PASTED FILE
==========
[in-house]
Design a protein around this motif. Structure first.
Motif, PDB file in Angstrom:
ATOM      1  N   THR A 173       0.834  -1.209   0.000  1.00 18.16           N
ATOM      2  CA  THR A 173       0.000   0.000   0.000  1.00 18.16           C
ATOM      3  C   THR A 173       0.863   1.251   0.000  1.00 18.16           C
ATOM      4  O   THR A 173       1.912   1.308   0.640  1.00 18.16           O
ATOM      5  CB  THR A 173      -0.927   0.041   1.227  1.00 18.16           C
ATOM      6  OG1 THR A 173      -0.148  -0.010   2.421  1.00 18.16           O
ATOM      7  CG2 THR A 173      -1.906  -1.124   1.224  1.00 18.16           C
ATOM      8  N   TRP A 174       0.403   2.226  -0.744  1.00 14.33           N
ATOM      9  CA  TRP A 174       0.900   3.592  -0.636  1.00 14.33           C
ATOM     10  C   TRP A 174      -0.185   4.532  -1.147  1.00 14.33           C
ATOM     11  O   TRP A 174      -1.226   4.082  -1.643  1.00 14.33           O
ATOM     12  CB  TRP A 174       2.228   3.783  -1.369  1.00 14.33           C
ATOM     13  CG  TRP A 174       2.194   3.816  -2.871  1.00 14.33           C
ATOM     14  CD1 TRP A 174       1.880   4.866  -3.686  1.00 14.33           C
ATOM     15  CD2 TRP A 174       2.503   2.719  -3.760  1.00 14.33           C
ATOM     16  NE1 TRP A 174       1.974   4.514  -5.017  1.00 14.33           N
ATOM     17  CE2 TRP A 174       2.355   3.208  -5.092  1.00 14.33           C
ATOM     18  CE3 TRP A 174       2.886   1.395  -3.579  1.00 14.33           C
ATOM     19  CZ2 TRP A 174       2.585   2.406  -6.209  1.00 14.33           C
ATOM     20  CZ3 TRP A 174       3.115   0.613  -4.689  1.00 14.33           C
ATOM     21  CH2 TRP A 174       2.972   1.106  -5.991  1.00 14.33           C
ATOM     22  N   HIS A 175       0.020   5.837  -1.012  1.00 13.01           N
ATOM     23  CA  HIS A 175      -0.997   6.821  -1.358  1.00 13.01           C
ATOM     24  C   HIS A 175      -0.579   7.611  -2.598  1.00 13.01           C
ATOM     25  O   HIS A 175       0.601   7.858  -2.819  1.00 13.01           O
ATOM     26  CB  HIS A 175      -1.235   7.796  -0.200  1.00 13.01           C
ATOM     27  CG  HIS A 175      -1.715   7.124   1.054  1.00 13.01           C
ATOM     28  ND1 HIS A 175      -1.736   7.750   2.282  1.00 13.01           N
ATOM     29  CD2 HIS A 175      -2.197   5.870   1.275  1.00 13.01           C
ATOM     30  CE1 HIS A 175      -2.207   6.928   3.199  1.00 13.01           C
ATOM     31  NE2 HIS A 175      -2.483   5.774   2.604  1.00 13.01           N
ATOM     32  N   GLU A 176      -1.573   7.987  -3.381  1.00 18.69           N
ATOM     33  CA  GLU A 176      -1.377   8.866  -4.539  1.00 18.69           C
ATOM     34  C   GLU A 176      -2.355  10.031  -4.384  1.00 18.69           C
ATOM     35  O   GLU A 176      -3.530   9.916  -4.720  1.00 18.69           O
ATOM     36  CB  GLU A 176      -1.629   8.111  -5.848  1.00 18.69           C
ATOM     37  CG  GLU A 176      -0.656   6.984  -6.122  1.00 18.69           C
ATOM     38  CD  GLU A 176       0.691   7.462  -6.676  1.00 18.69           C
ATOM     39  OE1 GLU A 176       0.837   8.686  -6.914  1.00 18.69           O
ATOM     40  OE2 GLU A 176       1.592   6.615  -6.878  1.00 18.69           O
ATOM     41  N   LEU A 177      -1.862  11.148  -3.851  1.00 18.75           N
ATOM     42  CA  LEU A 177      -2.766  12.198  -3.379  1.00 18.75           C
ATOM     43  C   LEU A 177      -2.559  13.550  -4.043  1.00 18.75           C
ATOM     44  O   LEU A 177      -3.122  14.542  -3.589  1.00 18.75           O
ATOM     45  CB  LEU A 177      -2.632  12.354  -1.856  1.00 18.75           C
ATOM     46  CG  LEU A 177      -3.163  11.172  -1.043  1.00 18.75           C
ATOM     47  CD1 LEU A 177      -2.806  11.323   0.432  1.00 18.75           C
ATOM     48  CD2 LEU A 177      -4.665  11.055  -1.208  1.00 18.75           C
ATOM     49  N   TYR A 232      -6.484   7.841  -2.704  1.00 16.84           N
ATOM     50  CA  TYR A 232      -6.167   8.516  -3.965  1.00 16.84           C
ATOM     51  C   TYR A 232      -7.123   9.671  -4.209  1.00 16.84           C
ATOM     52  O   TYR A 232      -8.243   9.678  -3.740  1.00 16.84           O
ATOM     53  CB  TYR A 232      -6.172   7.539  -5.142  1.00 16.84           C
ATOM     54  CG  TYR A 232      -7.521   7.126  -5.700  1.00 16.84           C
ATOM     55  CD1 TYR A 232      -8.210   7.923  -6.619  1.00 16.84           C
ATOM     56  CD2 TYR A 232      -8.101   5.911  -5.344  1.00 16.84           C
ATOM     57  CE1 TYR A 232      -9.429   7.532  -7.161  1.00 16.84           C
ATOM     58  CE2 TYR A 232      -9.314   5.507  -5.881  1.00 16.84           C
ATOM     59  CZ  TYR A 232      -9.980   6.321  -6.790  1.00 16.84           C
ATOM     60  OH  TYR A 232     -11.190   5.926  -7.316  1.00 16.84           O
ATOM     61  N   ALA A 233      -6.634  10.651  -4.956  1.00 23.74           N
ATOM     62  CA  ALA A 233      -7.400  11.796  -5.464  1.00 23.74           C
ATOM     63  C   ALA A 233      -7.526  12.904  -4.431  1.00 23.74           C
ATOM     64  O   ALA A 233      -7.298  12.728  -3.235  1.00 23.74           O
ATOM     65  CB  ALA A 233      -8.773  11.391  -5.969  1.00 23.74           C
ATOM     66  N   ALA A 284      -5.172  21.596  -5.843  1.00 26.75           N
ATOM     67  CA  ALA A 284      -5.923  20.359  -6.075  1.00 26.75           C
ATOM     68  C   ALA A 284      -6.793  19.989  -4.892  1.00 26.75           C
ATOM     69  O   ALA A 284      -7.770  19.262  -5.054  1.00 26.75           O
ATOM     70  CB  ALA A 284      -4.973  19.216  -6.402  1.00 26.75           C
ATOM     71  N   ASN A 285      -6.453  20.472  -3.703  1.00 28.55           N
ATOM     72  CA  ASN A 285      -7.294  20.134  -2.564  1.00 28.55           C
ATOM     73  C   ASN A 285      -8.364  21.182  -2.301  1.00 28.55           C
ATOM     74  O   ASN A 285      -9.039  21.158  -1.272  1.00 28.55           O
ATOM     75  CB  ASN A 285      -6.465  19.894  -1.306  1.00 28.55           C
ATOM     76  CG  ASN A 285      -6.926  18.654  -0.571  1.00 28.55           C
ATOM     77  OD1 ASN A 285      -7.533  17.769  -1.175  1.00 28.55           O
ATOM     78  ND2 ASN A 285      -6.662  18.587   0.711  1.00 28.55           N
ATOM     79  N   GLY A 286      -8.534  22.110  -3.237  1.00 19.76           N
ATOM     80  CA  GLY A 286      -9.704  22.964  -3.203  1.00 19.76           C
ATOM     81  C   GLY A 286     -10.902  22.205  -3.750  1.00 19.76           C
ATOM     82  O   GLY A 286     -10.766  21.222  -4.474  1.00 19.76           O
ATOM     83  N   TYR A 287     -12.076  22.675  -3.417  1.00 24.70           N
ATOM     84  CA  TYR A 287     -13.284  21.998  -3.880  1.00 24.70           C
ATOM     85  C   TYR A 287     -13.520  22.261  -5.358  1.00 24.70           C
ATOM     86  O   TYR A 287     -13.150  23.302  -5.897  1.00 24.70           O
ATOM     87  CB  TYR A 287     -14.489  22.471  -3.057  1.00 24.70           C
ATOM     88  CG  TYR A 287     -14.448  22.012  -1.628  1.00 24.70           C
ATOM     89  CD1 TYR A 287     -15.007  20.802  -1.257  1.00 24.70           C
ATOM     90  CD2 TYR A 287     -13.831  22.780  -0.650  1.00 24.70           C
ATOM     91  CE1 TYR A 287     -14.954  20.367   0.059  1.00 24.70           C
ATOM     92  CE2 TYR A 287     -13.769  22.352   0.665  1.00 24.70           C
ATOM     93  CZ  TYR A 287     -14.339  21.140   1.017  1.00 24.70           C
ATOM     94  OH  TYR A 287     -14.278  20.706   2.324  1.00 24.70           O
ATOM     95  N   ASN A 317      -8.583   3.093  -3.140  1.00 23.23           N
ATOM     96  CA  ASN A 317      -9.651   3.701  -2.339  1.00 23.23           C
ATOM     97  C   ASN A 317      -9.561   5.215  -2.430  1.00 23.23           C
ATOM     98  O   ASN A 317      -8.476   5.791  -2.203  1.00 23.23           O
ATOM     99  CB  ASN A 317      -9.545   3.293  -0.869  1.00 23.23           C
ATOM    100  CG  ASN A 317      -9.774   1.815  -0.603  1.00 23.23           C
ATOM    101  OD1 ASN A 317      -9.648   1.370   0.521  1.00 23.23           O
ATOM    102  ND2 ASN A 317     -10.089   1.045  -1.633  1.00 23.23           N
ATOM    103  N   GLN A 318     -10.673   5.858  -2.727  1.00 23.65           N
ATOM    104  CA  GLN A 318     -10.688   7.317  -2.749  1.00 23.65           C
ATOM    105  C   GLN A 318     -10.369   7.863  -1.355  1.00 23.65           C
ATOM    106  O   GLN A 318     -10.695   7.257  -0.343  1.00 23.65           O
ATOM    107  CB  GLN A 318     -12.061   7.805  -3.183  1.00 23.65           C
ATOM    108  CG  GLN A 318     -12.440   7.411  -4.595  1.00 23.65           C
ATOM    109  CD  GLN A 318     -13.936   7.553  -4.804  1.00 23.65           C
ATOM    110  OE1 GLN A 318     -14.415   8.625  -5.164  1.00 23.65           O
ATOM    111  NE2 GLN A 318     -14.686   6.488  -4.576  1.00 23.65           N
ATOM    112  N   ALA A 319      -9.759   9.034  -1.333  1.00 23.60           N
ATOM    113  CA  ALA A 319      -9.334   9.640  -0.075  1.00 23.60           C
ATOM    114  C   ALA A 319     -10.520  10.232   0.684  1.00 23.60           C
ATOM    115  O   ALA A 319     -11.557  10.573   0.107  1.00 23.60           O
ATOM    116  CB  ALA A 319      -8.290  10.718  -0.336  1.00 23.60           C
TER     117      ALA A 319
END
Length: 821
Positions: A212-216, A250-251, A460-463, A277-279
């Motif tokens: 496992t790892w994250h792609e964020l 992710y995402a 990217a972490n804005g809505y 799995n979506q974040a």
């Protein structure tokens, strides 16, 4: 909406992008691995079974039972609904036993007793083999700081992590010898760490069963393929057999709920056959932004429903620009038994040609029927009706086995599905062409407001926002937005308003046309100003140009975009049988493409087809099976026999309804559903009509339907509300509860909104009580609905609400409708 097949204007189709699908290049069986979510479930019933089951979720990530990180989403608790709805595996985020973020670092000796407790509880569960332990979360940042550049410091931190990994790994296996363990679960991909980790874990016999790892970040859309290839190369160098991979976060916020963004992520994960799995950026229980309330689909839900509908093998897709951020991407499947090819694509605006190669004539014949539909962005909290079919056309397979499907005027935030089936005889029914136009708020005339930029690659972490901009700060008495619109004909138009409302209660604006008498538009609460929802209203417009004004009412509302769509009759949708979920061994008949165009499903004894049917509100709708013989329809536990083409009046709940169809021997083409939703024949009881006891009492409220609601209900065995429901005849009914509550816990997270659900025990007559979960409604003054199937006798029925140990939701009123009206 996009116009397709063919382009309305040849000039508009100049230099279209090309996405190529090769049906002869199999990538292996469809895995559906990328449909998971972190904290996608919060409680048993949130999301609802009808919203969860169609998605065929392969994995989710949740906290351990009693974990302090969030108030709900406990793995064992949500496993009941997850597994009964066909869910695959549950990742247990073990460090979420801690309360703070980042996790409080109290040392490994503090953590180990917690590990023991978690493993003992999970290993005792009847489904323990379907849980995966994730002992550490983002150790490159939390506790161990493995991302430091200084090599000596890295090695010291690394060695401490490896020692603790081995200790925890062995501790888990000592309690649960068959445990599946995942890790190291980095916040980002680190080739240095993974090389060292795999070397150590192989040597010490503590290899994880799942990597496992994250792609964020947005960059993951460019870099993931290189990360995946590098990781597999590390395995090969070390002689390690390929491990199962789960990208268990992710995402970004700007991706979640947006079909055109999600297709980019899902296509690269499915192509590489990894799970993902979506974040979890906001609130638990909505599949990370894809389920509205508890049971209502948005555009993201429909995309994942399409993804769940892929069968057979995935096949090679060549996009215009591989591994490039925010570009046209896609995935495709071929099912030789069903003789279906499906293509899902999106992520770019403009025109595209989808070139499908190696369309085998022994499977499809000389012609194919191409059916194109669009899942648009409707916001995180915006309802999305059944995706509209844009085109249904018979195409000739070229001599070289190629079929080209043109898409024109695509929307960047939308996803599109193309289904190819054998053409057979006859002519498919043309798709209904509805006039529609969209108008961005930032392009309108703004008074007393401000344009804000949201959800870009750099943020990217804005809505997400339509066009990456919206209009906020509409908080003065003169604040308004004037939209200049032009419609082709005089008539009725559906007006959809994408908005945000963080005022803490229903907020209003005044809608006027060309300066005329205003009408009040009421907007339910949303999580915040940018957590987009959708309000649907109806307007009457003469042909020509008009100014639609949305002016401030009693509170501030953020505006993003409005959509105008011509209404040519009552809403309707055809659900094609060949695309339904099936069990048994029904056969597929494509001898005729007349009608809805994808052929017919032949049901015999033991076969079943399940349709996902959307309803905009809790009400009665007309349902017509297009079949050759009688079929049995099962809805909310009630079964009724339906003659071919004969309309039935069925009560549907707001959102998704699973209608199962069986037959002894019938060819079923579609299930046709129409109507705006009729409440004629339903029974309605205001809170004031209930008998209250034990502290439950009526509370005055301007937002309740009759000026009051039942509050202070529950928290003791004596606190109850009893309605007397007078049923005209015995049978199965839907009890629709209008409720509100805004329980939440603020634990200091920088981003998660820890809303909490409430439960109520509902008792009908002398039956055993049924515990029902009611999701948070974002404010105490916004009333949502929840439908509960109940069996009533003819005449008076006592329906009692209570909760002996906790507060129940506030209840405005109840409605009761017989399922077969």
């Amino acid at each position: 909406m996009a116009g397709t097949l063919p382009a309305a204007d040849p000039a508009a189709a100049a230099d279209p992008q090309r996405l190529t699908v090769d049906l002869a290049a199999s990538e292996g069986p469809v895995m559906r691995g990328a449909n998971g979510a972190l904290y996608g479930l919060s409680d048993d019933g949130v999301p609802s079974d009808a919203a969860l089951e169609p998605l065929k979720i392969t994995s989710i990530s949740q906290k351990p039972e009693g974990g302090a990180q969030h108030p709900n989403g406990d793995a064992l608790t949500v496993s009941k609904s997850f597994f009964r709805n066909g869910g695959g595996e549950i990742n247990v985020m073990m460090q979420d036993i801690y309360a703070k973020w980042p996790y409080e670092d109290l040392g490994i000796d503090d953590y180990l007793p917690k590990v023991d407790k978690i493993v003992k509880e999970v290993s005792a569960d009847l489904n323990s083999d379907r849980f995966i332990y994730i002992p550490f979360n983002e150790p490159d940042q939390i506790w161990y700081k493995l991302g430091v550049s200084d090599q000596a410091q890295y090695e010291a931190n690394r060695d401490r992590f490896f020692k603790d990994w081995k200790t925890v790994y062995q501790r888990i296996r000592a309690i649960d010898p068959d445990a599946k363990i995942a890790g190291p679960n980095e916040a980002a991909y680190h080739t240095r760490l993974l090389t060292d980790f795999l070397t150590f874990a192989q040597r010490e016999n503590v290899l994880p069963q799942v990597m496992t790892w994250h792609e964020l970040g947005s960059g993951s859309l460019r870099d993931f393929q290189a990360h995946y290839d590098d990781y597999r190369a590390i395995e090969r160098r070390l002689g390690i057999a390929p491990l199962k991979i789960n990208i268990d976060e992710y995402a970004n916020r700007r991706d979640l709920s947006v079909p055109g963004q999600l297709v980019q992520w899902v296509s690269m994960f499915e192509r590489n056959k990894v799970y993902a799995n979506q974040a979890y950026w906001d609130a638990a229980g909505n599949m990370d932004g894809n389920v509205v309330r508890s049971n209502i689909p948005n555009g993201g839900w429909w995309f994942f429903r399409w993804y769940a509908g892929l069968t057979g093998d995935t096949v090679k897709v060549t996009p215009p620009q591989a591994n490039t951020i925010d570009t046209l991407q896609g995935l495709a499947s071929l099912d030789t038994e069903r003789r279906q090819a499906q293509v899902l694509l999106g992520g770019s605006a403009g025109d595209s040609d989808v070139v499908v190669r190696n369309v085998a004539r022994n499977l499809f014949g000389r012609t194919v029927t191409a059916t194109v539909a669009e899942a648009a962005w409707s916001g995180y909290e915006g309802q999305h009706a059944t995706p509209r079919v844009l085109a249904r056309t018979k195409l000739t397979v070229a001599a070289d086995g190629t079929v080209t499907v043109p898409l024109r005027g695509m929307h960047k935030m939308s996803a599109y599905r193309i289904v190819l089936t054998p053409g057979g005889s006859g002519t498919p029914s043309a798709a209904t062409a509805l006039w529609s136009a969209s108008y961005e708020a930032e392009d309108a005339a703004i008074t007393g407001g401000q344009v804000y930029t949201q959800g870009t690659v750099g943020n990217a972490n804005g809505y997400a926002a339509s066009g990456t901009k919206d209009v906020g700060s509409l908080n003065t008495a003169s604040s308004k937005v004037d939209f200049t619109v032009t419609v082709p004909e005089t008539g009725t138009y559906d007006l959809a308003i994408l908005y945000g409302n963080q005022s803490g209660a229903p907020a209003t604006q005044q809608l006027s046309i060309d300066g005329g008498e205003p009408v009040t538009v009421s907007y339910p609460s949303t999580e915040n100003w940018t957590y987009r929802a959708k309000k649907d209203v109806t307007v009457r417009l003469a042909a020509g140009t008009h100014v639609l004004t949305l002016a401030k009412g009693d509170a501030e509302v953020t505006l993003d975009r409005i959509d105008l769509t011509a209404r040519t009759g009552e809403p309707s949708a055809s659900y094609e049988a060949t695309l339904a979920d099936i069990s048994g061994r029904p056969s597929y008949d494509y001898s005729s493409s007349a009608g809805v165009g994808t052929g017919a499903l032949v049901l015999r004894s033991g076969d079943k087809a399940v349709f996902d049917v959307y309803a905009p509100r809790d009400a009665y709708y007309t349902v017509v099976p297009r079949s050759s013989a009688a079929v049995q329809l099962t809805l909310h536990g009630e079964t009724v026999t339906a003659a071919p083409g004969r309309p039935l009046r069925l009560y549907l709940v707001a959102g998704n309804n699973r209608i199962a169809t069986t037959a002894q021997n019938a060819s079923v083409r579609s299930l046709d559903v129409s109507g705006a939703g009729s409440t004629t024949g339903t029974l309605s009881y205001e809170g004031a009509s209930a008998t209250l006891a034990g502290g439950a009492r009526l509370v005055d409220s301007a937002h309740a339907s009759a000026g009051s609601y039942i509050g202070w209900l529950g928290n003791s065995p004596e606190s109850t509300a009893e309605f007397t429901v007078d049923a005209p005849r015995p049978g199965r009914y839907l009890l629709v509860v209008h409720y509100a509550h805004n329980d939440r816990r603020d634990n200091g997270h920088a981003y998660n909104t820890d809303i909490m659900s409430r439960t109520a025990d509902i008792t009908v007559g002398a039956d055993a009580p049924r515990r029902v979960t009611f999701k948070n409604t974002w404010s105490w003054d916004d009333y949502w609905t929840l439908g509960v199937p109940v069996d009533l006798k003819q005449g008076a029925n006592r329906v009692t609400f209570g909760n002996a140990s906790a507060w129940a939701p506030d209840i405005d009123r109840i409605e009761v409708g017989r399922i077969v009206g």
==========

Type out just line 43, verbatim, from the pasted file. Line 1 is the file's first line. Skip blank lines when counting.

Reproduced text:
ATOM     40  OE2 GLU A 176       1.592   6.615  -6.878  1.00 18.69           O